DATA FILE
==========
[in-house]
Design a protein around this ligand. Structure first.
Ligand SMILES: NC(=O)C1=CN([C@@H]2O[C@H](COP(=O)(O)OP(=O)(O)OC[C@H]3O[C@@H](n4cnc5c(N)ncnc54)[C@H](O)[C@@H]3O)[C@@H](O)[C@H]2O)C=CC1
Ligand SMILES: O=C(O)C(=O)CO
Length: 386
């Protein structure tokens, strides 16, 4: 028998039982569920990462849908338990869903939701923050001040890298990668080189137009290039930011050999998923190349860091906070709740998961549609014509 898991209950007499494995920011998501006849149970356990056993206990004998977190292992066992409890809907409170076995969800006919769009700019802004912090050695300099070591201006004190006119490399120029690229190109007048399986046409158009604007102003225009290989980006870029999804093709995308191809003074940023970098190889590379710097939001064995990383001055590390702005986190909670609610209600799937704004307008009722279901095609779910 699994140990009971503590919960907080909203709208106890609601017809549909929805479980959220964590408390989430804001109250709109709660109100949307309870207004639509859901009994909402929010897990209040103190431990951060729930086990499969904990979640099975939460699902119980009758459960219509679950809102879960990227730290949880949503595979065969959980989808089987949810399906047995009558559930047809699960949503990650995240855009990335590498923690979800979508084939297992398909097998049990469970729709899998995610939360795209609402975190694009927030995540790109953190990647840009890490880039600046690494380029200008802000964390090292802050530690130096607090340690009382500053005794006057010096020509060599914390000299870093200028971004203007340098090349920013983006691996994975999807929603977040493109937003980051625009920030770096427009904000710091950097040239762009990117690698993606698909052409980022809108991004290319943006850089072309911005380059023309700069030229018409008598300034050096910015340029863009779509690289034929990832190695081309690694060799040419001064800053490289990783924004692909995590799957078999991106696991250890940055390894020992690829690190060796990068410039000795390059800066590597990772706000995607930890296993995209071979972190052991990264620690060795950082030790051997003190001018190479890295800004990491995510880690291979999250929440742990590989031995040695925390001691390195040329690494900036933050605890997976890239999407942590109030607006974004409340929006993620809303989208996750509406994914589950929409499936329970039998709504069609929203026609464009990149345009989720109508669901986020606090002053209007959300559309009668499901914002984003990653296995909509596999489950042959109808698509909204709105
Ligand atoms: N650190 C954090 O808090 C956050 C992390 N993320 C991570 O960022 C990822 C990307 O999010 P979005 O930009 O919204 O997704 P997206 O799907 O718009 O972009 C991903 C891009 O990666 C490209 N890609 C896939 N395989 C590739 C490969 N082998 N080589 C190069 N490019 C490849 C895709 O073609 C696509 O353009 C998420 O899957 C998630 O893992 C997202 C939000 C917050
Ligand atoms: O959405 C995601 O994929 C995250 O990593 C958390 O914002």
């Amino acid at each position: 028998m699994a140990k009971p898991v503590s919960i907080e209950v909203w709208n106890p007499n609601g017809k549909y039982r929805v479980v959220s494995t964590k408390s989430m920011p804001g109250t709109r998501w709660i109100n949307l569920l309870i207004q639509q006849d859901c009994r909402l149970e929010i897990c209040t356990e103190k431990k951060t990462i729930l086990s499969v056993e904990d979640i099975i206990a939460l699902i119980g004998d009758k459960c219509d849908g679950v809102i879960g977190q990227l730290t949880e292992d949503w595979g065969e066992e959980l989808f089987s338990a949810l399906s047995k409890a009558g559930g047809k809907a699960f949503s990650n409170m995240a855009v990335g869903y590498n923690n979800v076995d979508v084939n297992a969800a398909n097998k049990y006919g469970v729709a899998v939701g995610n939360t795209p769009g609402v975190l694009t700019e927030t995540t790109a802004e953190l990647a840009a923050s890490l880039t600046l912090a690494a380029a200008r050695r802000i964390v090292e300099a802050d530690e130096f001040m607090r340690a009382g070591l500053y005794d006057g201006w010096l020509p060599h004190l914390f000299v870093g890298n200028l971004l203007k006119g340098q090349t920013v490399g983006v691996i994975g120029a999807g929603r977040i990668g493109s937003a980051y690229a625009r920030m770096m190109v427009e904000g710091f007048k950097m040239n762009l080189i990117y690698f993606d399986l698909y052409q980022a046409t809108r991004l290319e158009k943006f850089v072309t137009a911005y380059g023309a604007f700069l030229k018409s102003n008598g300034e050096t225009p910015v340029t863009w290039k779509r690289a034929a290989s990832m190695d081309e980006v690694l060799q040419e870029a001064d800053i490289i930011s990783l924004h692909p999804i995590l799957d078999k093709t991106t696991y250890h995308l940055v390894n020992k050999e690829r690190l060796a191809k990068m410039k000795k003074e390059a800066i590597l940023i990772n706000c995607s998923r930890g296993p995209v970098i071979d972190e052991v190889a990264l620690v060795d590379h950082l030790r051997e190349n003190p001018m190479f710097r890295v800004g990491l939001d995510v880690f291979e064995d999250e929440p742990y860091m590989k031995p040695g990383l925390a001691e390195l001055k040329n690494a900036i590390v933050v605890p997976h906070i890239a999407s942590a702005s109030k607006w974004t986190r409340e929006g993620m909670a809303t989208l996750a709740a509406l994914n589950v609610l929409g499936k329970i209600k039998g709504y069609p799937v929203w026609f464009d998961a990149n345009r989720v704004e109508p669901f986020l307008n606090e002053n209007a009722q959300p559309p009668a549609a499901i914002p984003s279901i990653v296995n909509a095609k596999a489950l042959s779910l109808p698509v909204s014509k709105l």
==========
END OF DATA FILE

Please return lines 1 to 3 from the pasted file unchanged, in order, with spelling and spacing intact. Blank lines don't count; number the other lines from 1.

[in-house]
Design a protein around this ligand. Structure first.
Ligand SMILES: NC(=O)C1=CN([C@@H]2O[C@H](COP(=O)(O)OP(=O)(O)OC[C@H]3O[C@@H](n4cnc5c(N)ncnc54)[C@H](O)[C@@H]3O)[C@@H](O)[C@H]2O)C=CC1